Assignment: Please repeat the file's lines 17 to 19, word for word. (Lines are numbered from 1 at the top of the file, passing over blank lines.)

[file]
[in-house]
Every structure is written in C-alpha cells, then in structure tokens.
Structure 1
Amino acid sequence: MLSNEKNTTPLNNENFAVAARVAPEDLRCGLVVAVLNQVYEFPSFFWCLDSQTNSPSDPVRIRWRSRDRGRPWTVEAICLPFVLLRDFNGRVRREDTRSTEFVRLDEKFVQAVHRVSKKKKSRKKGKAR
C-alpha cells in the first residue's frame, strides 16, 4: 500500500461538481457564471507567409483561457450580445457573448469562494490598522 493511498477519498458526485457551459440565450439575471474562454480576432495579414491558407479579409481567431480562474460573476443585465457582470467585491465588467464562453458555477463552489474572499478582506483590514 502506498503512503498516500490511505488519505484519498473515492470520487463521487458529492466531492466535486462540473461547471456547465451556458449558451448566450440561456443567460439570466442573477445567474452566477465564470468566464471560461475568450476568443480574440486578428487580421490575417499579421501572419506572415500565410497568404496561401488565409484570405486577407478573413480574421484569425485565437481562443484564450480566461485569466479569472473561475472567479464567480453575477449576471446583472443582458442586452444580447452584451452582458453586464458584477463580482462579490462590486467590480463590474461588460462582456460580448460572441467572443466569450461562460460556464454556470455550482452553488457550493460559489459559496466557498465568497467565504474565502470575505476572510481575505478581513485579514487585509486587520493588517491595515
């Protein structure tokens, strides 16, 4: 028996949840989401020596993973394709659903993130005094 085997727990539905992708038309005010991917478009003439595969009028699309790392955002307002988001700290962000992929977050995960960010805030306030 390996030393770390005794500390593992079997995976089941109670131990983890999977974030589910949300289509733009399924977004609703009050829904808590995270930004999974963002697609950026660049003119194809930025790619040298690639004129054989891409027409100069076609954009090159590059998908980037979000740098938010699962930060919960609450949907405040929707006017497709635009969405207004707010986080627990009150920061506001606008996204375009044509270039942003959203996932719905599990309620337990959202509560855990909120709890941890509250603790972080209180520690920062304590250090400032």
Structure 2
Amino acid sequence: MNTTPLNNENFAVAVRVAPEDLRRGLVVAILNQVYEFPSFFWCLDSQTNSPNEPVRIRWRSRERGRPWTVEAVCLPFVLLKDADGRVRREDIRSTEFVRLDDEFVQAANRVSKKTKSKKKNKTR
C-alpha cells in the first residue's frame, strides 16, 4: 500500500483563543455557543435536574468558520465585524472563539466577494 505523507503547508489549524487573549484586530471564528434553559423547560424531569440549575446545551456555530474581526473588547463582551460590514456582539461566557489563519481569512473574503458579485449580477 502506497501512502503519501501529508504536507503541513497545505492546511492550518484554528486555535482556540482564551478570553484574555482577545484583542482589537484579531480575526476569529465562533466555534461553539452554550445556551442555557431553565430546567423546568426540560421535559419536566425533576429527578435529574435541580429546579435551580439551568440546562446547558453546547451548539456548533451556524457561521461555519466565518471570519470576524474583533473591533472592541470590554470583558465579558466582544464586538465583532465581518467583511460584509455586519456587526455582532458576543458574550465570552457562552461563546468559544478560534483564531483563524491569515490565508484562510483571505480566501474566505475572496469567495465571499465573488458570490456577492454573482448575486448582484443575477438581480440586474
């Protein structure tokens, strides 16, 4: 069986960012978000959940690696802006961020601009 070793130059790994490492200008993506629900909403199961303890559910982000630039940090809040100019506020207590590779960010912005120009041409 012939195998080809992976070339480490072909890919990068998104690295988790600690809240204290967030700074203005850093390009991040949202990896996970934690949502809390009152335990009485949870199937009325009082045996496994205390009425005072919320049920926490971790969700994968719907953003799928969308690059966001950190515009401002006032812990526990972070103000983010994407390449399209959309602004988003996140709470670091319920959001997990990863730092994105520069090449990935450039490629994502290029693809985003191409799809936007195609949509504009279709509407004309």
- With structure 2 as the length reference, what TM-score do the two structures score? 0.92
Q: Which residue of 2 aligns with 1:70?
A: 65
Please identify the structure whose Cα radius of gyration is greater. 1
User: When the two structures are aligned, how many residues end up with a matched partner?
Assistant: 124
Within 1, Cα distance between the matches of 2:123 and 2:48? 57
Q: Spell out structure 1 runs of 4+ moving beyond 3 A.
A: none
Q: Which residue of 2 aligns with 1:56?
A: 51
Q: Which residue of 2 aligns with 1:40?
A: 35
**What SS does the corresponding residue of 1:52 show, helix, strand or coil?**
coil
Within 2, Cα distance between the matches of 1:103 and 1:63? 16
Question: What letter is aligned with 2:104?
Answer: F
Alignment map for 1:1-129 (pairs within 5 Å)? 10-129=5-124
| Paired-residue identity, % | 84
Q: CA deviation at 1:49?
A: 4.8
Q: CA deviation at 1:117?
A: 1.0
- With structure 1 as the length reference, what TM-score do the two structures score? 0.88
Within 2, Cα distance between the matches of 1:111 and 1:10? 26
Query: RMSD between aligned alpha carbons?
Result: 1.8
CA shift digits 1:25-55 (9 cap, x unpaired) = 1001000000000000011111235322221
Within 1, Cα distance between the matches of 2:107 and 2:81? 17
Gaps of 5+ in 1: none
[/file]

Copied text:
Within 1, Cα distance between the matches of 2:123 and 2:48? 57
Q: Spell out structure 1 runs of 4+ moving beyond 3 A.
A: none